Movement for National Transformation (MNT) leader, Daniel Mvula Shimunza, says there is need to reform the entire Electoral Commission of Zambia (ECZ), if democracy will survive and remain viable or mature.
“Tracing back our steps after the much contested 2016 elections, should make us realize, that all the divisions in the nation currently, stems from the contentions and divisions prior, during and post-election period, by the manner the commission conducted the elections,” Shimunza observed.
In a statement made available to Kitwe Times though Zambia has a duly elected president, the question of legitimacy has brought divisive politics, and a culture that must be transformed.
“However, the silence of the need to transform the Commission is deafening, yet our democracy is literally suffering, because of the Commission which needs modernization, reforms, capacity, competence and independence of political influences,” he said.
Shimunza, contended that democracy is an ideology evolved from the people, through the electoral process, and exists for the economic benefits of the people.
He argued that until stakeholders correct the practices of the commission, division, violence and a bad political culture, will not stop. “First world government requires reforms for a mature democracy through advanced ways of handling elections by peaceful, transparent, fair, efficient, timely, and accountable practices of Presidential , parliamentary, and local elections. Silence about the Commission, is undesirable when all the country was experiencing evolved from the elections. No one must manipulate electoral processes going forward, for peace, order, and security of the nation. We have all seen, what can happen when elections are not done properly. This is a very important lesson for the preservation of our democracy which is still under threat,” he said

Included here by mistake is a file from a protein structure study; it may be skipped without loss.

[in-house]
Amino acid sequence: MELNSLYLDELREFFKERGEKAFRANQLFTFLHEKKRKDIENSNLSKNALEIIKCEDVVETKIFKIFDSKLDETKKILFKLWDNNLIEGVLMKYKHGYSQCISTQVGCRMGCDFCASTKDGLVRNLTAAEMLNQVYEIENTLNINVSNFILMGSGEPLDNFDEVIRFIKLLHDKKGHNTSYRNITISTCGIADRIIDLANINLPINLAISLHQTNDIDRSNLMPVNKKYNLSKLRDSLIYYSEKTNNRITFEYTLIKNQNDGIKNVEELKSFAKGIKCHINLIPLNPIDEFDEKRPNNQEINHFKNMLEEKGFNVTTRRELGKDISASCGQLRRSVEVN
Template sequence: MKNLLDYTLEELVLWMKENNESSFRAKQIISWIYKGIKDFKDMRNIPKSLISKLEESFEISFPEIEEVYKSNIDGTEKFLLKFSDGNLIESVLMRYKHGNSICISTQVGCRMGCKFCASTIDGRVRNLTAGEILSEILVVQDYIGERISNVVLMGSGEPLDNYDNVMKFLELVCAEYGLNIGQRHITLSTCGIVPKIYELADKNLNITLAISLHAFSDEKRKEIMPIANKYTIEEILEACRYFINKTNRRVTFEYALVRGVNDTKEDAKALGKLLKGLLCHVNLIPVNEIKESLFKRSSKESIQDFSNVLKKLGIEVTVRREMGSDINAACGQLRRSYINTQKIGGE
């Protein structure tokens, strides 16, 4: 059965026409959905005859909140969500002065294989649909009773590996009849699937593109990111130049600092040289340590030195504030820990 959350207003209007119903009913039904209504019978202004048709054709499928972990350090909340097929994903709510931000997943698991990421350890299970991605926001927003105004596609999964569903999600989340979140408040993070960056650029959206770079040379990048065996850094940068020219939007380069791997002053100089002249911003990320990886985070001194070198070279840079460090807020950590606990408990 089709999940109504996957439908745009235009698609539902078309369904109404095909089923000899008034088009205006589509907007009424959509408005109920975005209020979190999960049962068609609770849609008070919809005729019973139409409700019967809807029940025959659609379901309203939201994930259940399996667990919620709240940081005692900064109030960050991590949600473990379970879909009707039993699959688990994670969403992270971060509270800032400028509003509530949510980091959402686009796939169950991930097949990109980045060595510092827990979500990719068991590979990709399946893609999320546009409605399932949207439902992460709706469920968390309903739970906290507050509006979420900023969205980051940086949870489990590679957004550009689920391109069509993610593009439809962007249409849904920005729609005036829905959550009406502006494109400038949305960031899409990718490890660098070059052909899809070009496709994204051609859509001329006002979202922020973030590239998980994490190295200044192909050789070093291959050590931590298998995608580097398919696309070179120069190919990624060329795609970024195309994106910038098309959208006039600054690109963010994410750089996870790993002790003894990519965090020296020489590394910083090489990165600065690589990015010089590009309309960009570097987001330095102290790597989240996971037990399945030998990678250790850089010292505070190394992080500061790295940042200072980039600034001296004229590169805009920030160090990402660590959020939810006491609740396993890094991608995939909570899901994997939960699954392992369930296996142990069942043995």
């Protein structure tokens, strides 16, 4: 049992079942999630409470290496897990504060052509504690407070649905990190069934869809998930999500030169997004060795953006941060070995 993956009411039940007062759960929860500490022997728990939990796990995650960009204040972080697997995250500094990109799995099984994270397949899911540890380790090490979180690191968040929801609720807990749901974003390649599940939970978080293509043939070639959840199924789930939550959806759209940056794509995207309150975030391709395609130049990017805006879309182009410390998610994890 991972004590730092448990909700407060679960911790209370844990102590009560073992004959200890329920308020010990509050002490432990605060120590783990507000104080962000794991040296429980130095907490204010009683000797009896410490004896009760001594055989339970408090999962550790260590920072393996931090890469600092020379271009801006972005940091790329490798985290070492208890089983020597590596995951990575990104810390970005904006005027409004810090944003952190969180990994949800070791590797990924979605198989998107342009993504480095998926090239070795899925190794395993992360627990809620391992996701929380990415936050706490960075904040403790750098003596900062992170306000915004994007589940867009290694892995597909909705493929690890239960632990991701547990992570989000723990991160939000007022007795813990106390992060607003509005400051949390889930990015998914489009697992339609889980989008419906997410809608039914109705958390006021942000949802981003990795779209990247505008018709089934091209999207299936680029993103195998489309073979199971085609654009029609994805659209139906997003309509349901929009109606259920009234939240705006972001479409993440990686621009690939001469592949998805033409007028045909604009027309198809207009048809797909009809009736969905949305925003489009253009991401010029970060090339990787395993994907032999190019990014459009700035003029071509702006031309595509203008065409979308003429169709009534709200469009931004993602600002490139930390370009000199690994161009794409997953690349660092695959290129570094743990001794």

Shimunza, advised government, and all political stakeholders to advocate for the reforms that will make the commission, build the required confidence between the ruling and opposition Political players.